Title: Selenium As An Antioxidant

Key words: selenium, antioxidant, Keshan disease, selenoproteins

Date: July 2000

Category: 3. Micronutrients

Type: Article

Author: Dr van Rhijn



Selenium As An Antioxidant

Potential Health Effects



Selenium has a number of biochemical metabolic functions in the body. Its antioxidant activity is thought to be due to it being a key component of three main functional selenoproteins, glutathione peroxidase, thioredoxin reductase and selenoprotein P.

What is the evidence for the involvement of selenium in the prevention of disease?

Antioxidant Mechanism

Selenium is an integral co-factor of the enzyme glutathione peroxidase (GSHPx)1,2 isoenzyme, which protects against oxidative damage in the body. This attribute accounts for the majority of selenium's health benefits. The mechanism by which this is achieved is by reduction of H2O2 lipid and free phospholipid hydroperoxides3 by using the GSH as the hydrogen donor. H202 + 2GSH ® 2H20 + GSSG. Research has shown that the most potent selenium compound, selenodiglutathione (SDG), a natural metabolite of selenite, does not induce oxidative stress. It is also part of thioredoxin reductase, which is a reducing enzyme (-S-S- bonds in proteins) with peroxidase activity and helps to regulate intracellular redox state. Selenoprotein P is an abundant extracellular selenoprotein that also possibly acts as an antioxidant defence system4. Selenoprotein W is a muscle protein containing selenocysteine. Selenium is an essential element of the glutathione synthase enzyme and a cofactor for the production of superoxide dismutase (SOD).

Health Effects

The enzyme iodothyronine 5’-deiodinase (IDI), required for converting thyroxin (T4) to the more metabolically active triiodothyronine (T3), is a selenium-containing protein5. Coexistence of iodine and selenium deficiency, as in Zaire, result in adverse effects on growth, development and neonatal survival. A lack of dietary selenium is associated with various clinical conditions, the best known of which is Keshan’s disease, a cardiomiopathy endemic in areas of China 6. Although supplementation and general dietary improvements have reduced the incidence of Keshan’s disease significantly7, research suggests the involvement of Vitamin E deficiency as well.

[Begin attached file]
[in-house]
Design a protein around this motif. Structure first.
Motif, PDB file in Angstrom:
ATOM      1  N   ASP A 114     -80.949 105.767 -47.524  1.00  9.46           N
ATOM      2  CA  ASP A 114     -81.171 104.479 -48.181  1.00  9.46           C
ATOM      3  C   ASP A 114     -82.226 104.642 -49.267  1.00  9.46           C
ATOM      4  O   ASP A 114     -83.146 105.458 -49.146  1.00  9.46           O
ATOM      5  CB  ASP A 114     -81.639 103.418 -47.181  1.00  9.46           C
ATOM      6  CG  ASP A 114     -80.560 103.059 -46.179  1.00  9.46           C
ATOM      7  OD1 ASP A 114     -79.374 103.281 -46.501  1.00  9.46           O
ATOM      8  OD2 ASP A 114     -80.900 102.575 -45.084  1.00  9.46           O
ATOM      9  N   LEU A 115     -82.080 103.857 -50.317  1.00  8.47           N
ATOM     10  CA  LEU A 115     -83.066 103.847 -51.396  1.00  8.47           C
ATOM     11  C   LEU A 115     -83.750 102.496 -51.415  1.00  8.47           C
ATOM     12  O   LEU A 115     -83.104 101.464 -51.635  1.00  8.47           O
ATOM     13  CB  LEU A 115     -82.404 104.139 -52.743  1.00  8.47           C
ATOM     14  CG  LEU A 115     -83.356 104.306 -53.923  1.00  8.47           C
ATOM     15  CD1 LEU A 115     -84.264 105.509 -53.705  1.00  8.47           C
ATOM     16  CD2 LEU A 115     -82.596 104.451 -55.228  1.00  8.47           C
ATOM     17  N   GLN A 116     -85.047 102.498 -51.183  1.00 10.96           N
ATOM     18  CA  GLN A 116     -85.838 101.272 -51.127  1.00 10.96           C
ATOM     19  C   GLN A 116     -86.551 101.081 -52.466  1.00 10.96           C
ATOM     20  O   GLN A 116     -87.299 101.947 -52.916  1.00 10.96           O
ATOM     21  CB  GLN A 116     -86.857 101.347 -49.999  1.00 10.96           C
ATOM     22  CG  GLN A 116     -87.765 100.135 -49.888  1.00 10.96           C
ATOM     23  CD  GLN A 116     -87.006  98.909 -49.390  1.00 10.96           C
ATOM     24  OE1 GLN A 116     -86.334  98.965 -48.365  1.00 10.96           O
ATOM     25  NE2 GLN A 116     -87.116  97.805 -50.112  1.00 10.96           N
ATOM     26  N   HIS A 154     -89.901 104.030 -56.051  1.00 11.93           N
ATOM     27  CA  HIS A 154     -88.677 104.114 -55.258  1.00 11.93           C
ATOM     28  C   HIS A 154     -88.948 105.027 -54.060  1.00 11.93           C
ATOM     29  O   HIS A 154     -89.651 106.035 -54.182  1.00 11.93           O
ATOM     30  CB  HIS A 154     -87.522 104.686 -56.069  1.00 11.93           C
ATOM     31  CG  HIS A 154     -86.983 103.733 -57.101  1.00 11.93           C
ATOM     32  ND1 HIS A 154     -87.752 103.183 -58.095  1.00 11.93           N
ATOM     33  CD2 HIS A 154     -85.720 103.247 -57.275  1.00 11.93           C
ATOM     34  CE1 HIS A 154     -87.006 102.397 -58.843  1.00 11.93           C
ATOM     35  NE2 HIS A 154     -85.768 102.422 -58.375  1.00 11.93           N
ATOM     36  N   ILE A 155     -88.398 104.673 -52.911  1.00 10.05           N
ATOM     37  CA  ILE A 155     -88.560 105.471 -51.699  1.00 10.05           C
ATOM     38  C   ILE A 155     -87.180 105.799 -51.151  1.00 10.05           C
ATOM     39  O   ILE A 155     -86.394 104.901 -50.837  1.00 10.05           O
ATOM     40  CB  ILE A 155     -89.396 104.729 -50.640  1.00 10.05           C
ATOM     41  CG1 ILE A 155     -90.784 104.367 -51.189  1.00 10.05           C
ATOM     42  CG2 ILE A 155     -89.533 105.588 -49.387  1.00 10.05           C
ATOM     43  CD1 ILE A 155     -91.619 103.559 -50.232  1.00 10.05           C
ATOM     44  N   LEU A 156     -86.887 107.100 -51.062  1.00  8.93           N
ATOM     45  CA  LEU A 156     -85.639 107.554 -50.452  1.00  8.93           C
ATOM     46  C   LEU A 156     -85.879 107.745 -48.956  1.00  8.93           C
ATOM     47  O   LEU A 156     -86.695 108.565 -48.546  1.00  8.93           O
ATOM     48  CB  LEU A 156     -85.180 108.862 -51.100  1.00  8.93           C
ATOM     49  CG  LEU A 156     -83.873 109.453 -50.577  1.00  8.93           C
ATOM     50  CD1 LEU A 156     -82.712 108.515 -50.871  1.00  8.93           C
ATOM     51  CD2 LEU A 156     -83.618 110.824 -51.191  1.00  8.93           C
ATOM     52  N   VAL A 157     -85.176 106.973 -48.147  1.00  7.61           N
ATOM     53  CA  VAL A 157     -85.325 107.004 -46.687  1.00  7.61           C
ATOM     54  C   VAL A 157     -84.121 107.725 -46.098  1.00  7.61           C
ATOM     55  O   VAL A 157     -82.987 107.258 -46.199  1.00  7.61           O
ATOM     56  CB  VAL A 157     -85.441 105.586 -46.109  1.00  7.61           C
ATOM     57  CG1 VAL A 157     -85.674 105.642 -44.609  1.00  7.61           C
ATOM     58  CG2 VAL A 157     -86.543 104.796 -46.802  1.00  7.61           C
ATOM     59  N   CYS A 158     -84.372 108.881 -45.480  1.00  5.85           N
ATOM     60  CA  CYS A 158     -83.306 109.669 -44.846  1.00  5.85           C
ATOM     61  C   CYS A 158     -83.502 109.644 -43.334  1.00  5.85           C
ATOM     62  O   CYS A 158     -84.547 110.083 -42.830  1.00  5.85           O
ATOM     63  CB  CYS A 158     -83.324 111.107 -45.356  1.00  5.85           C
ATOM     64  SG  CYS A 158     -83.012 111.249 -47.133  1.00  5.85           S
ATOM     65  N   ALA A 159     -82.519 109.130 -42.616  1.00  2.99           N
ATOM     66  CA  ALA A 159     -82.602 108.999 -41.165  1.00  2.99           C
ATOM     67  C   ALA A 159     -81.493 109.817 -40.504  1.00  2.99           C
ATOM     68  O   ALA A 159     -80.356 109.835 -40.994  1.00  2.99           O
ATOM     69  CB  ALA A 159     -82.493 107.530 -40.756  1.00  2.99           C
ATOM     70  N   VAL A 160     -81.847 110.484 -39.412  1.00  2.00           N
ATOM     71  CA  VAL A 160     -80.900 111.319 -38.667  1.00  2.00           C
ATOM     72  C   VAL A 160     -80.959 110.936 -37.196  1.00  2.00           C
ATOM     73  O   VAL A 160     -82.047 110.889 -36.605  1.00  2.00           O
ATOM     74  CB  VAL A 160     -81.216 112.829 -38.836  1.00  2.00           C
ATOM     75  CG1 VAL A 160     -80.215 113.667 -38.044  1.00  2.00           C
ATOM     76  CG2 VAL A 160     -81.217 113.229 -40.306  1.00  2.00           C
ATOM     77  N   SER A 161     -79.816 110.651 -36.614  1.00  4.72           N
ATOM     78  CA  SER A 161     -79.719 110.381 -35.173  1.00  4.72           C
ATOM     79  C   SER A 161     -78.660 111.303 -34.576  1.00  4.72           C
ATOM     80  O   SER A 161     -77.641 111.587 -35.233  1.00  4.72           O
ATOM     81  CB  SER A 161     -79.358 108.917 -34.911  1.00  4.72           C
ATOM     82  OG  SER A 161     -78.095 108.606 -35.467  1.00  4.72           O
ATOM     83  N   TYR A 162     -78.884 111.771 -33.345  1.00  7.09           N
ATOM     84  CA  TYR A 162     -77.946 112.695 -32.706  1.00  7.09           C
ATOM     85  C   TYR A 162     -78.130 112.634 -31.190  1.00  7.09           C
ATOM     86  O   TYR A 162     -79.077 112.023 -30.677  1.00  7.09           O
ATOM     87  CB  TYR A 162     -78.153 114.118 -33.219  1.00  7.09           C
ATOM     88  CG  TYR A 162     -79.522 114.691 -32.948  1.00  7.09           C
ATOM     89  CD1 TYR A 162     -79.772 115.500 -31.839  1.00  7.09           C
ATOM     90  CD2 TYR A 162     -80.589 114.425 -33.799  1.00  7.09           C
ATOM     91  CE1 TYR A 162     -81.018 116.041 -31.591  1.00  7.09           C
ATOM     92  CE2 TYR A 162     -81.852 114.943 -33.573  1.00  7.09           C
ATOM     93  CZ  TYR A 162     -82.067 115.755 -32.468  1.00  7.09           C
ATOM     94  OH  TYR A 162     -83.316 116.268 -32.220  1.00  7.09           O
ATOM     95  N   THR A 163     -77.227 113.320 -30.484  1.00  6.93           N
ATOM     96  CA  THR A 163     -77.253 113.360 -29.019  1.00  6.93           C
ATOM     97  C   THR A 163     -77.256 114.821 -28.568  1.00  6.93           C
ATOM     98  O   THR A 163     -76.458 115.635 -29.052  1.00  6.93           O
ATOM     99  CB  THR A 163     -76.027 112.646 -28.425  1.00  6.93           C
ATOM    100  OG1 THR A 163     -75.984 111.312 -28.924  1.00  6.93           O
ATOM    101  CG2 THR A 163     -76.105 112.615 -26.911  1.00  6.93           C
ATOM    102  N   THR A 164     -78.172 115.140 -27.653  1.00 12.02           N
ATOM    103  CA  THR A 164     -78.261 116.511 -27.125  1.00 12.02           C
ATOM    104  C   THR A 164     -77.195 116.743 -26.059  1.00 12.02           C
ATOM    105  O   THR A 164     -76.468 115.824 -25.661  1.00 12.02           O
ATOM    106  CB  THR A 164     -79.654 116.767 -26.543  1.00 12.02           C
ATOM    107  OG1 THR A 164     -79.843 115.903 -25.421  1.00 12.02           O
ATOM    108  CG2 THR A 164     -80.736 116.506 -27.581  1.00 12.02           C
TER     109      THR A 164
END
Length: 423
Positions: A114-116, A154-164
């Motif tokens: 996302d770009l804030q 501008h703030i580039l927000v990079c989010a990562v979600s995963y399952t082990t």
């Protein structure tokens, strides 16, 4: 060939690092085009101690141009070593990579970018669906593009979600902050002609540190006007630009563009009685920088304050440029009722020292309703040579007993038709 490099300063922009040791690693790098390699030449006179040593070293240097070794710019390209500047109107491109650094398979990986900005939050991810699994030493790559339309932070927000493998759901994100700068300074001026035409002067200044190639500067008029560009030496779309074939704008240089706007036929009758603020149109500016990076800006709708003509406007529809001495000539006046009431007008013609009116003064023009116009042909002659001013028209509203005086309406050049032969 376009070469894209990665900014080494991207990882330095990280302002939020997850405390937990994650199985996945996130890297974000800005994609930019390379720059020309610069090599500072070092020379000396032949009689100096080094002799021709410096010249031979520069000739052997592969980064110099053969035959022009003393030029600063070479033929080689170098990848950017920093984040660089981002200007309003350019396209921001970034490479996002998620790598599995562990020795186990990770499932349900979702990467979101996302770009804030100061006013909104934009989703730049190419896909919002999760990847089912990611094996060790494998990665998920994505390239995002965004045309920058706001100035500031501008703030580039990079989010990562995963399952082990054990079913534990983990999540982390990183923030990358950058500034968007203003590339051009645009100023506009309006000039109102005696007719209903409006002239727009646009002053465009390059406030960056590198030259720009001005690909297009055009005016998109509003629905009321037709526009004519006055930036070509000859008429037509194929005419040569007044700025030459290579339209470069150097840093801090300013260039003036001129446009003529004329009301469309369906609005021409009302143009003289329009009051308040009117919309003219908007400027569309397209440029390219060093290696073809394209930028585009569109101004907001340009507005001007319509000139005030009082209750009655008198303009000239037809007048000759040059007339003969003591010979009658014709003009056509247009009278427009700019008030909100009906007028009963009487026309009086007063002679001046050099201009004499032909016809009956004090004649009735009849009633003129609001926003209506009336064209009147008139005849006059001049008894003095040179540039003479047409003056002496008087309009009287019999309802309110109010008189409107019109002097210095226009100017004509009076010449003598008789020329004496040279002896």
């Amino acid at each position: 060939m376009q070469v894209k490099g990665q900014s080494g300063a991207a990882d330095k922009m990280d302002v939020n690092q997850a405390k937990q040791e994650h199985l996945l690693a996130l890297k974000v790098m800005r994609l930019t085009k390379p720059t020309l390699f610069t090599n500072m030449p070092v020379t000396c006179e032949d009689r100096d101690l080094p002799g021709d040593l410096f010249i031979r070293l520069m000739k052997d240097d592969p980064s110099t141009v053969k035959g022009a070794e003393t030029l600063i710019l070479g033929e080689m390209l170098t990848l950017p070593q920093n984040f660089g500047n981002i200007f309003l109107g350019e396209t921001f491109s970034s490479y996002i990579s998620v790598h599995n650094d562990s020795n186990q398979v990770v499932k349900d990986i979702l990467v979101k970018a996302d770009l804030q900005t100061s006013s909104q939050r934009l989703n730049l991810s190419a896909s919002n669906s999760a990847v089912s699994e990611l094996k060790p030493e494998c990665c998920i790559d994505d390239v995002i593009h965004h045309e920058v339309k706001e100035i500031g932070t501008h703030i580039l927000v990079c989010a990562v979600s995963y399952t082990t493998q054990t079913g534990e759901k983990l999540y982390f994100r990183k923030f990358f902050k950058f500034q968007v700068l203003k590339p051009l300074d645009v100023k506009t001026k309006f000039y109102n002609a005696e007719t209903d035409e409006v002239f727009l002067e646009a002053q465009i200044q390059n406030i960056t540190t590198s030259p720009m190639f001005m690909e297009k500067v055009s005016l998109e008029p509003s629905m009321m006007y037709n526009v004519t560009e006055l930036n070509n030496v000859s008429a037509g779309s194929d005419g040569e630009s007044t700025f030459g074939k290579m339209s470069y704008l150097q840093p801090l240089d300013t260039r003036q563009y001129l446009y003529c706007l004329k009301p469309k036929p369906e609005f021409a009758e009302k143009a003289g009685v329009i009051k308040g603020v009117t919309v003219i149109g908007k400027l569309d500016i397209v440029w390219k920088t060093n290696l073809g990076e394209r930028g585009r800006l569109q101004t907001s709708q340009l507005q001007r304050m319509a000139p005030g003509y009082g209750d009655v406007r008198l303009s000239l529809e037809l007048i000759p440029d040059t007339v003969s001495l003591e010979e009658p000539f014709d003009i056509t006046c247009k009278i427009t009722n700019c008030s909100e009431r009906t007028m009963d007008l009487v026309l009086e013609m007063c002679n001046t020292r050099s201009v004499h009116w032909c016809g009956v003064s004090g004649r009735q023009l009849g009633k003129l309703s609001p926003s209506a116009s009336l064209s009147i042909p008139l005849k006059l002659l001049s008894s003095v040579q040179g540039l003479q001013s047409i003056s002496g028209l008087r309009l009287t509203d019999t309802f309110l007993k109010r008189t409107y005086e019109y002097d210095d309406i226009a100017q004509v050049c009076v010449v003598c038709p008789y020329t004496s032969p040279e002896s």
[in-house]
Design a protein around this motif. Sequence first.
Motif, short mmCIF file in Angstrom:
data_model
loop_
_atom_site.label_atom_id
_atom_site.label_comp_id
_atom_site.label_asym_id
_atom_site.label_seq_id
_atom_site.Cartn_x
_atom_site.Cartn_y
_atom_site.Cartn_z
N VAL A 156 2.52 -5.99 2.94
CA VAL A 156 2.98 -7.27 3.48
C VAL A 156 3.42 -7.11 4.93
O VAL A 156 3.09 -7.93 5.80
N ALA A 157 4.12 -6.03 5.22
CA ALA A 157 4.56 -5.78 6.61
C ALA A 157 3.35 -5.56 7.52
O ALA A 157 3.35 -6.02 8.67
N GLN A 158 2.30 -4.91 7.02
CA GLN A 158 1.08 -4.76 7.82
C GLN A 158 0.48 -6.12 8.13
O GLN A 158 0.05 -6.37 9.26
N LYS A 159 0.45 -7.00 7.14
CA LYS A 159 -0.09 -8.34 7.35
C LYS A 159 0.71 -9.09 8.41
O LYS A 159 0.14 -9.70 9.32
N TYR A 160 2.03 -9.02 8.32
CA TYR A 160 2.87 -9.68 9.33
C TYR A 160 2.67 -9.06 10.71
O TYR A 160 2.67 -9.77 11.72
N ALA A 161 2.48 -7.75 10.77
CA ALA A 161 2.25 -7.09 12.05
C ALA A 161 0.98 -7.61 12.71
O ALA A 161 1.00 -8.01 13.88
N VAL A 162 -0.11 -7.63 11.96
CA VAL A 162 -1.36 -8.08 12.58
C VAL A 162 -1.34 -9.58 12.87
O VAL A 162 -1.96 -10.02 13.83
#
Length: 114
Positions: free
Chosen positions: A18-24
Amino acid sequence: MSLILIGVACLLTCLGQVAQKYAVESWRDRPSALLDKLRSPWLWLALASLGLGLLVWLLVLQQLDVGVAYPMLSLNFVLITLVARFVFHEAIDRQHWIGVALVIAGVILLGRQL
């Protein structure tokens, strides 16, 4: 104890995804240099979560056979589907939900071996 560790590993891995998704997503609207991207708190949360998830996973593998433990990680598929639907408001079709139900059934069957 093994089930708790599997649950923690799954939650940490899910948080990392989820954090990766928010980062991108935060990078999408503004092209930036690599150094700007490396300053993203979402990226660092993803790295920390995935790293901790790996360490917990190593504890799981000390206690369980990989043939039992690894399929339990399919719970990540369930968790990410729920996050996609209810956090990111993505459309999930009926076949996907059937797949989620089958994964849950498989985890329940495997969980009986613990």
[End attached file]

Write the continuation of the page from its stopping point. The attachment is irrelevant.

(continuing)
Experimental evidence suggests that Vitamin E and selenium may have a protective role in numerous viral infections8 (HIV9, 10, 11), and stimulation of the immune response. There is also strong epidemiological associative evidence of a protective role for selenium in degenerative conditions such as cancer (lung, bladder, stomach, breast, bowel and prostate). Selenium may act pharmacologically12 in a chemo-preventative role in cancer13 . Epidemiological evidence for its protective role in cardiovascular disease is equivocal14, 15. Low serum selenium may be a risk factor in pancreatitis16. Selenium may also be involved in conditions such as asthma, thrombosis, rheumatoid arthritis, ulcerative colitis and male fertility17.


Selenium is a major player in the antioxidant defence system against oxidative stress. It plays, therefore, a very important protective role in various degenerative conditions and serious viral infections.


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Additional reading: Vitamins Minerals and Health: Fact File No 3: 1997; National Dairy Council. London.